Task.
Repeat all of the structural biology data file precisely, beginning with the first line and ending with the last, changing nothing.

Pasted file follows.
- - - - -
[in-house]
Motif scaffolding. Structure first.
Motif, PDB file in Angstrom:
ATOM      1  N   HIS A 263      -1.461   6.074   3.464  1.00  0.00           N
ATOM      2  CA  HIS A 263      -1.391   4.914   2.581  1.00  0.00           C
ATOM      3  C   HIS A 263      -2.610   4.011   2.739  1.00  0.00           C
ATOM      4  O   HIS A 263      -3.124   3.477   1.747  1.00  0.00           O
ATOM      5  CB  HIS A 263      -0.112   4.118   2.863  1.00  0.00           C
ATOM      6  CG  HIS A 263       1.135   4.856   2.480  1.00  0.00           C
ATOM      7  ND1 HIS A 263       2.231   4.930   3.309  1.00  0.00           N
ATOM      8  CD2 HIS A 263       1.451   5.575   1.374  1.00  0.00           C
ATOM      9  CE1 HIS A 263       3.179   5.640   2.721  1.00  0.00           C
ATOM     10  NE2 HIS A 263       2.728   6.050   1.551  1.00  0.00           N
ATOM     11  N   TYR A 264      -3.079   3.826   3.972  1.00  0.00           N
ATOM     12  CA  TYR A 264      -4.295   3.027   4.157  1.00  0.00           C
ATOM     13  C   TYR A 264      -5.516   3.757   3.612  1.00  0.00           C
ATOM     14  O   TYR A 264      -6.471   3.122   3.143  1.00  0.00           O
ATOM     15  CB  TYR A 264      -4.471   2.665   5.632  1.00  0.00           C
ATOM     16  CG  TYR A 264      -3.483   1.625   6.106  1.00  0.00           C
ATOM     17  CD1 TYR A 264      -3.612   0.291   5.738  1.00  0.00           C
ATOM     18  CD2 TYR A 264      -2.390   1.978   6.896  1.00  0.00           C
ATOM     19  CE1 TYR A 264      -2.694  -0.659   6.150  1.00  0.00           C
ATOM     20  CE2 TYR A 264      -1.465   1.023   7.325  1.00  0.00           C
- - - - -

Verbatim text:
[in-house]
Motif scaffolding. Structure first.
Motif, PDB file in Angstrom:
ATOM      1  N   HIS A 263      -1.461   6.074   3.464  1.00  0.00           N
ATOM      2  CA  HIS A 263      -1.391   4.914   2.581  1.00  0.00           C
ATOM      3  C   HIS A 263      -2.610   4.011   2.739  1.00  0.00           C
ATOM      4  O   HIS A 263      -3.124   3.477   1.747  1.00  0.00           O
ATOM      5  CB  HIS A 263      -0.112   4.118   2.863  1.00  0.00           C
ATOM      6  CG  HIS A 263       1.135   4.856   2.480  1.00  0.00           C
ATOM      7  ND1 HIS A 263       2.231   4.930   3.309  1.00  0.00           N
ATOM      8  CD2 HIS A 263       1.451   5.575   1.374  1.00  0.00           C
ATOM      9  CE1 HIS A 263       3.179   5.640   2.721  1.00  0.00           C
ATOM     10  NE2 HIS A 263       2.728   6.050   1.551  1.00  0.00           N
ATOM     11  N   TYR A 264      -3.079   3.826   3.972  1.00  0.00           N
ATOM     12  CA  TYR A 264      -4.295   3.027   4.157  1.00  0.00           C
ATOM     13  C   TYR A 264      -5.516   3.757   3.612  1.00  0.00           C
ATOM     14  O   TYR A 264      -6.471   3.122   3.143  1.00  0.00           O
ATOM     15  CB  TYR A 264      -4.471   2.665   5.632  1.00  0.00           C
ATOM     16  CG  TYR A 264      -3.483   1.625   6.106  1.00  0.00           C
ATOM     17  CD1 TYR A 264      -3.612   0.291   5.738  1.00  0.00           C
ATOM     18  CD2 TYR A 264      -2.390   1.978   6.896  1.00  0.00           C
ATOM     19  CE1 TYR A 264      -2.694  -0.659   6.150  1.00  0.00           C
ATOM     20  CE2 TYR A 264      -1.465   1.023   7.325  1.00  0.00           C